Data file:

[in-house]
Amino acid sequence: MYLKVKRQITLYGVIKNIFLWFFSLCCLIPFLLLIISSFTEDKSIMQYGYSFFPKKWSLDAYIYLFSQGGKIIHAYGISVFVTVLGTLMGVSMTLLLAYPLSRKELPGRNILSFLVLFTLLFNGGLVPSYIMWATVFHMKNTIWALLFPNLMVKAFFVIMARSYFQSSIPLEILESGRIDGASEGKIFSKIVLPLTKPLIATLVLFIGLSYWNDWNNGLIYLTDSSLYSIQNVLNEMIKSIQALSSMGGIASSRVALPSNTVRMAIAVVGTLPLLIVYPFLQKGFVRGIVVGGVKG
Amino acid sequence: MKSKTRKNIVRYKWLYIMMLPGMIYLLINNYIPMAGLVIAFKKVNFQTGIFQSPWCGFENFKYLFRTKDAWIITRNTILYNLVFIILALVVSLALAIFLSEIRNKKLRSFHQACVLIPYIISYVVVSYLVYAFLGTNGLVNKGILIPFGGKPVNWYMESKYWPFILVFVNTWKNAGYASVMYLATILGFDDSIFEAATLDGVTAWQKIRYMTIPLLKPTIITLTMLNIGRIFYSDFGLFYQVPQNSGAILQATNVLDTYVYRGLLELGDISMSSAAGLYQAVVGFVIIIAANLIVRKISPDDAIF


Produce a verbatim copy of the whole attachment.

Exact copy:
[in-house]
Amino acid sequence: MYLKVKRQITLYGVIKNIFLWFFSLCCLIPFLLLIISSFTEDKSIMQYGYSFFPKKWSLDAYIYLFSQGGKIIHAYGISVFVTVLGTLMGVSMTLLLAYPLSRKELPGRNILSFLVLFTLLFNGGLVPSYIMWATVFHMKNTIWALLFPNLMVKAFFVIMARSYFQSSIPLEILESGRIDGASEGKIFSKIVLPLTKPLIATLVLFIGLSYWNDWNNGLIYLTDSSLYSIQNVLNEMIKSIQALSSMGGIASSRVALPSNTVRMAIAVVGTLPLLIVYPFLQKGFVRGIVVGGVKG
Amino acid sequence: MKSKTRKNIVRYKWLYIMMLPGMIYLLINNYIPMAGLVIAFKKVNFQTGIFQSPWCGFENFKYLFRTKDAWIITRNTILYNLVFIILALVVSLALAIFLSEIRNKKLRSFHQACVLIPYIISYVVVSYLVYAFLGTNGLVNKGILIPFGGKPVNWYMESKYWPFILVFVNTWKNAGYASVMYLATILGFDDSIFEAATLDGVTAWQKIRYMTIPLLKPTIITLTMLNIGRIFYSDFGLFYQVPQNSGAILQATNVLDTYVYRGLLELGDISMSSAAGLYQAVVGFVIIIAANLIVRKISPDDAIF